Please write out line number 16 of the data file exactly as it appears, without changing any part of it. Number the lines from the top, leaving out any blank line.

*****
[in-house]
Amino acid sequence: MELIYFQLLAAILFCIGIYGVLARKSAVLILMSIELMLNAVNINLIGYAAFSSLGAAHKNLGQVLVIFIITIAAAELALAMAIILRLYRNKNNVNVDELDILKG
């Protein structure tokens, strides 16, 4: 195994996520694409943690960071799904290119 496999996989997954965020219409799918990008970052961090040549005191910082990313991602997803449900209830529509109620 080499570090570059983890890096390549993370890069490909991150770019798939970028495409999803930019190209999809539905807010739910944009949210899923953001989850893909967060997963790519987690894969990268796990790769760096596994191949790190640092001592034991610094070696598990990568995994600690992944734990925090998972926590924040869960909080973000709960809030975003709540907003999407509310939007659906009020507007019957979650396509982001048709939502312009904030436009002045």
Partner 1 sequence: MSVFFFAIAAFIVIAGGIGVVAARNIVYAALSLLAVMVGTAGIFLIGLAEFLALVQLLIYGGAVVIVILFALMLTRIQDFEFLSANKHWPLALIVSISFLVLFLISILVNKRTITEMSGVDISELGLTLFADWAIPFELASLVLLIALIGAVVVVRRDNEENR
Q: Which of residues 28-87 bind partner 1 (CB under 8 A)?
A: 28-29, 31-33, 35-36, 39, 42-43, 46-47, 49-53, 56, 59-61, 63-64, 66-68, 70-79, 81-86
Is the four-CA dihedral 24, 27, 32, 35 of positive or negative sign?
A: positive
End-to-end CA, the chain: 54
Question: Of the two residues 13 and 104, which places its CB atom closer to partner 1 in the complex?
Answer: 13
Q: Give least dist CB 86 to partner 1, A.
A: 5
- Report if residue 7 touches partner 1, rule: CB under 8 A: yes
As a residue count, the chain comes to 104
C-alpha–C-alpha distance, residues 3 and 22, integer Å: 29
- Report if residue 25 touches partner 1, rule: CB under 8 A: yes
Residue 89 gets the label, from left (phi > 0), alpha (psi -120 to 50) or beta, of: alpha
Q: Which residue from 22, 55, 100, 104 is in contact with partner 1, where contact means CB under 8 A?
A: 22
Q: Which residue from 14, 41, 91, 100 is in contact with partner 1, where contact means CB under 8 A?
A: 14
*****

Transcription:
C-alpha–C-alpha distance, residues 3 and 22, integer Å: 29